Aidan Arasasingham: I’m not gonna to lie, it’s been really difficult. I mean, thinking back to finals week, almost overnight, I had to move my entire life out of Westwood back home. Honestly, I miss my friends, and it’s been difficult having access to the support system that I rely on when we’re all so spread socially thin. And it’s in times like this that you need to rely on your support system the most, but we’re so spread socially distant, that it’s difficult.
LC: And it’s not just being separated from friends that’s causing problems – Arasasingham is coping with a lot of the technical difficulties that make remote work and instruction inaccessible.
AA: I know for a fact that I don’t learn as well through a screen than in person. I mean, right now, my entire family, we’re sharing the same Wi-Fi router, and I’ve been having problems all week with connection issues and with audio issues. And I’m not able to keep up with lecture or what a professor is saying when I get spotty audio and I miss entire chunks of lecture.
LC: Despite the difficulties of remote instruction and being cooped up inside though, Arasasingham has found some silver linings to the situation.
AA: I mean, I’m getting to spend more time with family, which I think is really good. And in a way, it’s forcing all of us to put so much more effort into maintaining and building our, you know, friendships and relationships right now and making sure that we can’t take friends for granted.
LC: One thing that’s made it easier for him to stay positive is a little moment that helped him see the way other people have been adapting and adjusting to what’s going on in the world.
AA: Home for me is near UC Irvine’s campus, and I was definitely, you know, it was unexpected and surprising today to be woken up by car horn after car horn, especially when I haven’t seen a car in the streets in days. And I went out and I looked and it was actually a car strike being put on by the COLA (cost-of-living adjustment) graduate students, you know, protesting for graduate basic needs and student labor support right now in the middle of the coronavirus crisis. And seeing that kind of energy and the power of student activism continue in new and innovative ways, even in the new reality we’re living in, is incredibly powerful, and we need to keep up elevating these conversations of student basic needs, of student labor support and of graduates student basic needs during this time, you know, even if we have to find new and innovative ways to do it.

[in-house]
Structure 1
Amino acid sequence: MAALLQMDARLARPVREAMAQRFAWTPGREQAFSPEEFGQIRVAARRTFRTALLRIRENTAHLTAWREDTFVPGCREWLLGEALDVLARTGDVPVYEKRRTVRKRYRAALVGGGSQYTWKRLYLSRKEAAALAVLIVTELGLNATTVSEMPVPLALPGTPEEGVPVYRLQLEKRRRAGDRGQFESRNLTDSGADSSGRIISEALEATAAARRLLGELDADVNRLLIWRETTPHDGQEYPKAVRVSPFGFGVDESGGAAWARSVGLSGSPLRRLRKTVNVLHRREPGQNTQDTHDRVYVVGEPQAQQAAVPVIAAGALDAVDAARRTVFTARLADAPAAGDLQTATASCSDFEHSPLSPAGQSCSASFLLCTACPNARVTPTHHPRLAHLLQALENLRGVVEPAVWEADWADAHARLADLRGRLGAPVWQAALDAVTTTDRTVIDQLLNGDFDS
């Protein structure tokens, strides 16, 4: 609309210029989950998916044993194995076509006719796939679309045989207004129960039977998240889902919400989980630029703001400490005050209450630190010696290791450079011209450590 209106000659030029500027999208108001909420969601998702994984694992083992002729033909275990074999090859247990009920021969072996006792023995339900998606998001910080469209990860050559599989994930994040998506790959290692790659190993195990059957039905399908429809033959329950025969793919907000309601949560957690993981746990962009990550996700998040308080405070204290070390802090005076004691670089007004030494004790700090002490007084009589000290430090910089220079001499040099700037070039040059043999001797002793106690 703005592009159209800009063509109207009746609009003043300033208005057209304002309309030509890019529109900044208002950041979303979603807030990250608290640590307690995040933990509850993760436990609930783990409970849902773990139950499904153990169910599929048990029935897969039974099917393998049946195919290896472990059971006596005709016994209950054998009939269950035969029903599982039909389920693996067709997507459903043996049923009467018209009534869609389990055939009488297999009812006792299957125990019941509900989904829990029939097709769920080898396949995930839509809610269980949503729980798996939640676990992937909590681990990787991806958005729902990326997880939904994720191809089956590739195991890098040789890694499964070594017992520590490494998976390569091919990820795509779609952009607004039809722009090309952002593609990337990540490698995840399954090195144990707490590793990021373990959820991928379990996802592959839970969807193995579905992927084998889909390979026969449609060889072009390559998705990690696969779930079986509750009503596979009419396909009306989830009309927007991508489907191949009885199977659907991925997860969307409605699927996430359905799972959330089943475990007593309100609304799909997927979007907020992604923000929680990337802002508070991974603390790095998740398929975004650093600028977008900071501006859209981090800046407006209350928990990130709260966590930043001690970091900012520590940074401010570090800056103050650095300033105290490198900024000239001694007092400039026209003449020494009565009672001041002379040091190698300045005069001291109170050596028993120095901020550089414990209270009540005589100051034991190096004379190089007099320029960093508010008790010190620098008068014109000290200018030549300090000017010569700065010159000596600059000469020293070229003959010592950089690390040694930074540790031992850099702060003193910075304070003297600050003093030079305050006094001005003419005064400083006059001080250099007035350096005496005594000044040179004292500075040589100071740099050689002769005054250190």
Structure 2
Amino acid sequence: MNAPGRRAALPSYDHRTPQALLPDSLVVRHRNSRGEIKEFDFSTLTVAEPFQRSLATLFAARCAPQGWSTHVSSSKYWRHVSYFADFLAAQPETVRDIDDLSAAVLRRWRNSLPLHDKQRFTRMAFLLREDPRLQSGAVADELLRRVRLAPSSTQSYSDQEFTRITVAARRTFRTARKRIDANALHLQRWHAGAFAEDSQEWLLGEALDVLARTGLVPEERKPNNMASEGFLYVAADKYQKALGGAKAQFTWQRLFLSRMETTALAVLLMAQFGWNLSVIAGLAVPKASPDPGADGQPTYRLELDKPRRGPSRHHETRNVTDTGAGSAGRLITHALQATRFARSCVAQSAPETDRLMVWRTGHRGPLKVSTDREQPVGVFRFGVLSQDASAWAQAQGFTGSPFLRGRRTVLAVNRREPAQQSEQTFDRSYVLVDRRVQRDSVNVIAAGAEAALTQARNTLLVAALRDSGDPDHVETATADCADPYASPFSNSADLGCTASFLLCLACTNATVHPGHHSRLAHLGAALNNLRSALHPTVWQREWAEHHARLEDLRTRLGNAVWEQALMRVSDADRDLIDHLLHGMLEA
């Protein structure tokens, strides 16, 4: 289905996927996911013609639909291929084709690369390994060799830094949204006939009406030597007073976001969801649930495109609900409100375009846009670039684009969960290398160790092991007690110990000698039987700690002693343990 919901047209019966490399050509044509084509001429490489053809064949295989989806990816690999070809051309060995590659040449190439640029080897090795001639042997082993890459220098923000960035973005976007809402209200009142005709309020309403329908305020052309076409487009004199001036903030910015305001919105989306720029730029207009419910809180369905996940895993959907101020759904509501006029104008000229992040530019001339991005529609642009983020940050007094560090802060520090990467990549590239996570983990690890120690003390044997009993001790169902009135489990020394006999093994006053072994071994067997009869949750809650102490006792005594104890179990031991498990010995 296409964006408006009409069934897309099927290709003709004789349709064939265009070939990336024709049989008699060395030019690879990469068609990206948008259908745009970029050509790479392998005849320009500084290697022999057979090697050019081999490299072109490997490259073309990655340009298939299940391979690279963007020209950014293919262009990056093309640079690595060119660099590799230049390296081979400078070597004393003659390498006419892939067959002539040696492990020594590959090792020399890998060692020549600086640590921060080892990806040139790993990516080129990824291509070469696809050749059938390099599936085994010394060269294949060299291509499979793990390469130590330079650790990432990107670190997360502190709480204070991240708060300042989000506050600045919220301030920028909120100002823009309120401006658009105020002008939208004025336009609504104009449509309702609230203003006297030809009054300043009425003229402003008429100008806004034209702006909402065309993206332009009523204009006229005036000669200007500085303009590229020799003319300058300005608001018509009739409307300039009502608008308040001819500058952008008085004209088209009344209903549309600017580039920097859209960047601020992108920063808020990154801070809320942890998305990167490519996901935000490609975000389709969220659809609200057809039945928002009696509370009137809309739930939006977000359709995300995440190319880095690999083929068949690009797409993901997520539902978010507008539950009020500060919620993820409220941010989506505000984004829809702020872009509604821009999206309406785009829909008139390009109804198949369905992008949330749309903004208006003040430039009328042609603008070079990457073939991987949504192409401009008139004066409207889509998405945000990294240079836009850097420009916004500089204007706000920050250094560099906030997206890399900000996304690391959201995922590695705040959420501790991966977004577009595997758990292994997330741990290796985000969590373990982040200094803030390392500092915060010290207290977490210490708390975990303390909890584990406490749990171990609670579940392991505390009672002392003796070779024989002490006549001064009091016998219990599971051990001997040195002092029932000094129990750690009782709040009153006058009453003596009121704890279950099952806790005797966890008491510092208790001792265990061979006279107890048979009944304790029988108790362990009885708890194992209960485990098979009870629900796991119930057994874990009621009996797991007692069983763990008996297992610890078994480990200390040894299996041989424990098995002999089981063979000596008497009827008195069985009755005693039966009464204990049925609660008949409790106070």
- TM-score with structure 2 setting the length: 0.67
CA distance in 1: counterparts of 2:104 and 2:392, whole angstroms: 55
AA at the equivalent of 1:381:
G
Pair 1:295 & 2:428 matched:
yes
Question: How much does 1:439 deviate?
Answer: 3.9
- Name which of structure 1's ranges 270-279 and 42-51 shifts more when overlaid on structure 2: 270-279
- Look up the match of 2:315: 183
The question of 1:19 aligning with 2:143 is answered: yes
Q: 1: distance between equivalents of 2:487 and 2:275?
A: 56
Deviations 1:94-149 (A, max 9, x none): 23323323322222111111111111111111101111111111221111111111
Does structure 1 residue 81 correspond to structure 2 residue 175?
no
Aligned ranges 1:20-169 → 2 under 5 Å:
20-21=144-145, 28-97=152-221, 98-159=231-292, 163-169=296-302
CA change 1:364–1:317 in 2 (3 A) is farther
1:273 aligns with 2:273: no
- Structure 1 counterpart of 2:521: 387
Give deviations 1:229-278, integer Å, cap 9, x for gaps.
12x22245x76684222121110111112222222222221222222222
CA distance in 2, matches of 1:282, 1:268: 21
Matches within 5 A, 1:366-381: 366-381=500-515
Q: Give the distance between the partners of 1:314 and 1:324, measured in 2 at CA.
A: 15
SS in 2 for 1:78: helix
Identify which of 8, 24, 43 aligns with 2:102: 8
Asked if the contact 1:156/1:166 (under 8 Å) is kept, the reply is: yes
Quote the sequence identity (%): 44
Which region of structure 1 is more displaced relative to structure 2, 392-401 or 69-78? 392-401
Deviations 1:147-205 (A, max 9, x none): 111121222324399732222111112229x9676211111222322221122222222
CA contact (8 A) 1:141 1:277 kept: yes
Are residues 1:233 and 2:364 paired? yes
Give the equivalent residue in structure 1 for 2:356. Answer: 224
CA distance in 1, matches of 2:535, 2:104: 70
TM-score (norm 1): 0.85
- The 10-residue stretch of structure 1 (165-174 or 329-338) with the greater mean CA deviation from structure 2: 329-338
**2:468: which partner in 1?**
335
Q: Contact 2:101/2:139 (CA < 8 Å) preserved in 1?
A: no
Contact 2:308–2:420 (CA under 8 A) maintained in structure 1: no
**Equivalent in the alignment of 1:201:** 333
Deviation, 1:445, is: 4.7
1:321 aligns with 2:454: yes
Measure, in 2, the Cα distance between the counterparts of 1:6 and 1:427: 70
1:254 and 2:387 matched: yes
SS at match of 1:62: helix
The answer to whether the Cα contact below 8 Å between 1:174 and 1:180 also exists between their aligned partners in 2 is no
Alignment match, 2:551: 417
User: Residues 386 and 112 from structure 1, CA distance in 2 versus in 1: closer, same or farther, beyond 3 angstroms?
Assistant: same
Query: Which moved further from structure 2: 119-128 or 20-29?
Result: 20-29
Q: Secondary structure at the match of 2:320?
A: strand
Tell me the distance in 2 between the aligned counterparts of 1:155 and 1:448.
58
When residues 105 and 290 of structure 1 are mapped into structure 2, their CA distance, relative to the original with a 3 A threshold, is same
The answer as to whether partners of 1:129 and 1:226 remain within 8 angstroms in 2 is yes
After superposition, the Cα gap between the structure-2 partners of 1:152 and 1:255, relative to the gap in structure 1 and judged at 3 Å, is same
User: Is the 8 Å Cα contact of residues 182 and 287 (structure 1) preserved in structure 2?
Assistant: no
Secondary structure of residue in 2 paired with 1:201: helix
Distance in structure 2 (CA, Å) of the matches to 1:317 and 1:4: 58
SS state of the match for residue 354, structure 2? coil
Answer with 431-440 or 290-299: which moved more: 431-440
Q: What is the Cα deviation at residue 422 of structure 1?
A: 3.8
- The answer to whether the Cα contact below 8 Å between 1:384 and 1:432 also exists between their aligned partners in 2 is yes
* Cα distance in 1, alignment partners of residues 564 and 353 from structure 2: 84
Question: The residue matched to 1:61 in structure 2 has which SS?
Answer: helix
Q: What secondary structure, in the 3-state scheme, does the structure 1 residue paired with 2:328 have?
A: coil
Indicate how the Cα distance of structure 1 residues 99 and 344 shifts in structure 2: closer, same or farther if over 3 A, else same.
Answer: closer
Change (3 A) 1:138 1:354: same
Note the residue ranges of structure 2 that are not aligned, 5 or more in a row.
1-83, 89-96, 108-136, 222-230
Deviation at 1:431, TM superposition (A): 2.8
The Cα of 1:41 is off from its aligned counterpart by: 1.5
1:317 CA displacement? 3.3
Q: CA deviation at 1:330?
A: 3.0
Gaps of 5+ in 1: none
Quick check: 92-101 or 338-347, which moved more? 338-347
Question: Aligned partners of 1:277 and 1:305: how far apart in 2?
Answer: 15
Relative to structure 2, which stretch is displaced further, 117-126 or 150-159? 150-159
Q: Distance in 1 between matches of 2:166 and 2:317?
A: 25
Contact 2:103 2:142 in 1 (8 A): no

LC: In that vein, Arasasingham said he thinks student political activism like that will be key as the pandemic continues.
AA: I think we need to, you know, remain vocal and vigilant to make sure we’re keeping a close eye on the way that UCLA and UC is handling the ongoing COVID-19 crisis, especially with regard to student basic needs – you know, our financial security, our academic support and, you know, support for our student workers. But at the same time, the onus can’t be on us as students to make sure that we’re pushing administration in the right direction. We need to have a much more inclusive dialogue and collaboration to make sure not only in these crisis decisions we’re included, but as we move on to the medium and longer term, as we move into recovery, students and student voices are centered in the process, and our needs are met. I’m optimistic going forward, but in the post-crisis UC recovery, students need to be at the center of this discussion, both on campus and statewide.
LC: That’s certainly something I can agree with. It was good to hear from another student in the midst of all this.
OS: What really struck me is the optimism he shows for the future, despite some of the negative things going on. Thanks, Lucy.
COVID-19 steals the show
Omar Said: Page 3: COVID-19 steals the show. UCLA is home to the School of Theater, Film and Television – more commonly known as TFT. The school houses 692 students: directors, editors, actors and costume designers, among other specialized fields. As a result of social distancing guidelines, those students have had to adjust to many changes, starting with the decision to put their plays, movies and film projects on hold. Arts editor Kristin Snyder tells us more.
Kristin Snyder: So, truth be told, this situation is not ideal. Not for me, and apparently very much not for TFT students. Not only are they coping with stalled movies and film projects, they’re now dealing with the fact that many of their classes require access to expensive programs and equipment that’s normally available on campus, making it difficult for them to practice editing or doing the work they normally would for their classes.
OS: And just what kind of programs and equipment is it that students need access to? I understand the need for cameras and filming equipment, but don’t they have to stop filming right now anyway?